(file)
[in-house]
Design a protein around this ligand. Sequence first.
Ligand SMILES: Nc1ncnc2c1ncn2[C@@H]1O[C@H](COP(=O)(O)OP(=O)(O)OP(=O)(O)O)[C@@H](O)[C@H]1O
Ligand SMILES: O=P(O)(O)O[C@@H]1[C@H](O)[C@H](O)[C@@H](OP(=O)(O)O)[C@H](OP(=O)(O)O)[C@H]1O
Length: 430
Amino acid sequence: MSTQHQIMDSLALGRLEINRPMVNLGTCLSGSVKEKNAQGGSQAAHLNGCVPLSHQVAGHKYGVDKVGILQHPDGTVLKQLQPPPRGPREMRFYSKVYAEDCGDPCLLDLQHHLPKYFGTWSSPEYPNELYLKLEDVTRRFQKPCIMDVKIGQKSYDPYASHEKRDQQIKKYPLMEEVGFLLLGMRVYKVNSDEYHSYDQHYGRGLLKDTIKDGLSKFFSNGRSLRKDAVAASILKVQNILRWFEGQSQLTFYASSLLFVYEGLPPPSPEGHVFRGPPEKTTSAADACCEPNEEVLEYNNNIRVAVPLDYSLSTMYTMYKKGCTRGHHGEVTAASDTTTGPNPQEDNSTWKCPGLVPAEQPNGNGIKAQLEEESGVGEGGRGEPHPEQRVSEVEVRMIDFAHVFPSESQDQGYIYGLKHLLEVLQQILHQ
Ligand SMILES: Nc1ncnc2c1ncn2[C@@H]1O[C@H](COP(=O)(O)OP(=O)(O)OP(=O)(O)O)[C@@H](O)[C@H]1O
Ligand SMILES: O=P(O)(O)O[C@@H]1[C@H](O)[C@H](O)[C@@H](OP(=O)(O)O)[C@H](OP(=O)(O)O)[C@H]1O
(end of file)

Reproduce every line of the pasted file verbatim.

[in-house]
Design a protein around this ligand. Sequence first.
Ligand SMILES: Nc1ncnc2c1ncn2[C@@H]1O[C@H](COP(=O)(O)OP(=O)(O)OP(=O)(O)O)[C@@H](O)[C@H]1O
Ligand SMILES: O=P(O)(O)O[C@@H]1[C@H](O)[C@H](O)[C@@H](OP(=O)(O)O)[C@H](OP(=O)(O)O)[C@H]1O
Length: 430
Amino acid sequence: MSTQHQIMDSLALGRLEINRPMVNLGTCLSGSVKEKNAQGGSQAAHLNGCVPLSHQVAGHKYGVDKVGILQHPDGTVLKQLQPPPRGPREMRFYSKVYAEDCGDPCLLDLQHHLPKYFGTWSSPEYPNELYLKLEDVTRRFQKPCIMDVKIGQKSYDPYASHEKRDQQIKKYPLMEEVGFLLLGMRVYKVNSDEYHSYDQHYGRGLLKDTIKDGLSKFFSNGRSLRKDAVAASILKVQNILRWFEGQSQLTFYASSLLFVYEGLPPPSPEGHVFRGPPEKTTSAADACCEPNEEVLEYNNNIRVAVPLDYSLSTMYTMYKKGCTRGHHGEVTAASDTTTGPNPQEDNSTWKCPGLVPAEQPNGNGIKAQLEEESGVGEGGRGEPHPEQRVSEVEVRMIDFAHVFPSESQDQGYIYGLKHLLEVLQQILHQ
Ligand SMILES: Nc1ncnc2c1ncn2[C@@H]1O[C@H](COP(=O)(O)OP(=O)(O)OP(=O)(O)O)[C@@H](O)[C@H]1O
Ligand SMILES: O=P(O)(O)O[C@@H]1[C@H](O)[C@H](O)[C@@H](OP(=O)(O)O)[C@H](OP(=O)(O)O)[C@H]1O